By Dinesh K. Sharma
NEW DELHI: Narendra Modi’s status in the BJP today is like that of L.K. Advani during the 1990 Rath Yatra.
The BJP’s then president had embarked on the famous Rath Yatra from Somnath to Ayodhya in September 1990. Though the yatra was stopped by then Bihar chief minister Lalu Yadav with Advani’s arrest at Samastipur on October 23, it energized the BJP and Hindutva forces which were soon to catapult the party to a new status as its tally rose from 85 seats in 1989 to 120 in the 1991 elections.
Thanks to Advani, the BJP, which had won just two seats in the 1984 Lok Sabha elections, became the alternative at the national level.
In 2014, Gujarat strongman Narendra Modi has energized the BJP in the same way as Advani did in 1990.
Modi has come on the national stage with the backing of the RSS and with his track record in Gujarat.
No doubt, Modi’s elevation as the party’s prime ministerial candidate has come at the expense of octogenarian Advani who still nurses prime ministerial ambitions.
But it is the new troika of Modi, Arun Jaitley and BJP president Rajpath Singh which is calling the shots now.
The troika has forced Advani – after he expressed reluctance to contest from Gujarat – to fall in line. Another stalwart Murli Manohar Joshi has been forced to leave the Varanasi seat to Modi. Lalji Tandon too has been ousted from Lucknow to accommodate Rajnath Singh. Cricketer Navjot Singh Sidhu has been turfed out of Amritsar to make way for Jaitley.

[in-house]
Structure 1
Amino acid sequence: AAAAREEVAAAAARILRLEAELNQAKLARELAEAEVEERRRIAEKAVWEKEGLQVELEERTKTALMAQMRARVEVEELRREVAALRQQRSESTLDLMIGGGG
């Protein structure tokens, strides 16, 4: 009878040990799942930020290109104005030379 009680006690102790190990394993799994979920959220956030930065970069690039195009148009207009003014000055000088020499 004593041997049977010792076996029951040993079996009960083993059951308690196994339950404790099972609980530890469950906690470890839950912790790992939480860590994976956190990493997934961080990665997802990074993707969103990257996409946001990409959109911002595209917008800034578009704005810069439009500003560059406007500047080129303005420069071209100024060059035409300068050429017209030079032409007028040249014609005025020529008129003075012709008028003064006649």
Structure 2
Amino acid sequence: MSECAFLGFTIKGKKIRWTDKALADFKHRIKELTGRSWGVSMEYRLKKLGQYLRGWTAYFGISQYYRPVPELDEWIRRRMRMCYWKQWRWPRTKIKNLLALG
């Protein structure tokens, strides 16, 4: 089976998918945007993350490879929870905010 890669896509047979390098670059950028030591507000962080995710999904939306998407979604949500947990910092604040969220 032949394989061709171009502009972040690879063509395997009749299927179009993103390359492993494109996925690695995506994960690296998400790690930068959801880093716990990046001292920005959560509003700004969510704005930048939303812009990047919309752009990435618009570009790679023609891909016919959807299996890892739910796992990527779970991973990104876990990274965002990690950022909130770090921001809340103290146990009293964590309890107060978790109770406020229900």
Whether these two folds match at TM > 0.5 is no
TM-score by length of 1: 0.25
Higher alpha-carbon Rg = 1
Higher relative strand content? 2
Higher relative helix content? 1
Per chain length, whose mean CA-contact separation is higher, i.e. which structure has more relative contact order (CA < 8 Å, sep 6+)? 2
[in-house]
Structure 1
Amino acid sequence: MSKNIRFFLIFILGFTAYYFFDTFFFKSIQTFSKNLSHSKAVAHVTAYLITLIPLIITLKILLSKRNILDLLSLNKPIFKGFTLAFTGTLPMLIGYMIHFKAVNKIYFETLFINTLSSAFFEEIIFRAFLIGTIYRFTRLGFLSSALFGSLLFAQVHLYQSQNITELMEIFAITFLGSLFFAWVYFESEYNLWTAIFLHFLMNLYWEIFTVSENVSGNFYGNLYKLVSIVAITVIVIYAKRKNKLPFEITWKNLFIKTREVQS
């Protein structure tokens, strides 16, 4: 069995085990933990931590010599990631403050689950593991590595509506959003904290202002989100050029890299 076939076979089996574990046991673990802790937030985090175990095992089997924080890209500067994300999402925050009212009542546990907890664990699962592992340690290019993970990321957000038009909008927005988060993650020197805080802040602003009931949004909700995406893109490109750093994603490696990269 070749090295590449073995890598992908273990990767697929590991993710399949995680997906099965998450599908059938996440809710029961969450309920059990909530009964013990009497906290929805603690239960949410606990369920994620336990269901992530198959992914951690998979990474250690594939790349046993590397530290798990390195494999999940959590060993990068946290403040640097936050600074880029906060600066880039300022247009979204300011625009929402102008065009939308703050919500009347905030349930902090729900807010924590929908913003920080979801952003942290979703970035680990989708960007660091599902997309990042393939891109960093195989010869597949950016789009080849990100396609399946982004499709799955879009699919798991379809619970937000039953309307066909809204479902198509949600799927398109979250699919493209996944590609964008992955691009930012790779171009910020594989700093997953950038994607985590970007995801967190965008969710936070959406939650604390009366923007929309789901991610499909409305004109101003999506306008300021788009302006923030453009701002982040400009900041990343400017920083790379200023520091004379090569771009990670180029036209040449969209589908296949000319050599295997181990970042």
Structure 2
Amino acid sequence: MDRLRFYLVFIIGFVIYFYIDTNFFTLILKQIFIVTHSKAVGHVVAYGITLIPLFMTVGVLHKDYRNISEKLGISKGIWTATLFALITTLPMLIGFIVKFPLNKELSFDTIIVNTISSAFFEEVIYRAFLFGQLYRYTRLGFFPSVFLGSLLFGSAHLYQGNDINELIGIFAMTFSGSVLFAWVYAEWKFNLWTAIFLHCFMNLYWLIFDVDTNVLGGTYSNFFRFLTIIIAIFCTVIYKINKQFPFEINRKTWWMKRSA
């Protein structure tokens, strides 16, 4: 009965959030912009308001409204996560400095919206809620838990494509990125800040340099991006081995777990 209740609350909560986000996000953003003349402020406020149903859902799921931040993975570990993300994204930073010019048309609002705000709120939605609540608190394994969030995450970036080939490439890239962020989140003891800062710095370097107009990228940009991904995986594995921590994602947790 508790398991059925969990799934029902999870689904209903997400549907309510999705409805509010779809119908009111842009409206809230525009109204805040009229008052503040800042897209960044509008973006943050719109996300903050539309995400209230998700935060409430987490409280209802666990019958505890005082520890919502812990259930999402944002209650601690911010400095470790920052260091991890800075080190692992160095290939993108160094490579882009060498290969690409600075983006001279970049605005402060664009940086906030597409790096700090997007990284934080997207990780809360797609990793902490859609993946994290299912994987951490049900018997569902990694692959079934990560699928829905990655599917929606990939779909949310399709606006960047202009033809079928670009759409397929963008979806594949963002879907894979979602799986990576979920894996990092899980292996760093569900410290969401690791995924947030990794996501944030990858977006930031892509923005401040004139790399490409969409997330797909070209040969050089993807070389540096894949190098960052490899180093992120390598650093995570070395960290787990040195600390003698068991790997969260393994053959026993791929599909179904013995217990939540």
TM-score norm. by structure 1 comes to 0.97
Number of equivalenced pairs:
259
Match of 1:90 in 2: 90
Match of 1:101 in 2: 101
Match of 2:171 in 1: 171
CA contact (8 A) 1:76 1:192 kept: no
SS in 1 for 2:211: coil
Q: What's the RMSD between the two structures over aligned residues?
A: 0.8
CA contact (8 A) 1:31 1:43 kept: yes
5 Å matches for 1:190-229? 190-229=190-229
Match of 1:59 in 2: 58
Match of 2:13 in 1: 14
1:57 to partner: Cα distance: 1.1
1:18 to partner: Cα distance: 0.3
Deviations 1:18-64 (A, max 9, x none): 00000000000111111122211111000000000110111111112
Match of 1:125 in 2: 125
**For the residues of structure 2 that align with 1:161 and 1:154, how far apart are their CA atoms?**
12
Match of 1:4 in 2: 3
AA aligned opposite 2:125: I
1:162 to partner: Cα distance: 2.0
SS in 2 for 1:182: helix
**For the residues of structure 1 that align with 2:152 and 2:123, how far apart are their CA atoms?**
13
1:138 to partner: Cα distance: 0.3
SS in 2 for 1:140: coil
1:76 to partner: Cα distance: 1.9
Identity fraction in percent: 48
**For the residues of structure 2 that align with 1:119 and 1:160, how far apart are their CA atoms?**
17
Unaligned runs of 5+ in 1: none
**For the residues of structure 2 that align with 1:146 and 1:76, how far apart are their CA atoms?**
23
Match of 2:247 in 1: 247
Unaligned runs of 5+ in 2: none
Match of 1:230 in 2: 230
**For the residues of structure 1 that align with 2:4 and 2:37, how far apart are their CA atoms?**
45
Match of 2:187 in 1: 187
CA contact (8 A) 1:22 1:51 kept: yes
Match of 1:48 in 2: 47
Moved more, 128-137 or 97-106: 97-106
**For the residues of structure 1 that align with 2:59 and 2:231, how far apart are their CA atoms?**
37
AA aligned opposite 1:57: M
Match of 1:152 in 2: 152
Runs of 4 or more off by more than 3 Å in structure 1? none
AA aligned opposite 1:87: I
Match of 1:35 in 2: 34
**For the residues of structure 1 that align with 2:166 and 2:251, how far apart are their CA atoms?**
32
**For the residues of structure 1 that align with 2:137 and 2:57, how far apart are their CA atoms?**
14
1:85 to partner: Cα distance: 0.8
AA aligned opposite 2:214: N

Advani’s confidante Harin Pathak has been replaced with Modi supporter Paresh Rawal from the Ahmedabad East seat.
Another Advani man Jaswant Singh has been denied ticket from Barmer in Rajasthan.
The Modi-Rajnath-Jailtey troika seems to be working to a plan to position themselves in a post-poll scenario in which the BJP and allies don’t reach the required figure of 272 seats.
The troika wants to eliminate chances of Advani being in the reckoning in case other parties insist that they will support the BJP only if Modi is not the PM. That’s why Modi, Rajnath and Jailtey are riding roughshod over those whom they see as a threat.
In fact, Rajnath Singh may have his own game-plan in case Modi is not acceptable to other parties willing to back the BJP to form government. That’s why he (Rajnath Singh) admitting leaders from other parties who are from the same community as himself.
Jailtey may not have such aspirations because he has no base. He is in Modi’s inner circle because he stood by Modi when Vajpayee was about to dismiss him as the Gujarat chief minister after the 2002 riots.
Though their actions have created rumblings in the party, the troika is very sure of the party’s victory, just like the BJP was during the `Shining India’ campaign of 2005.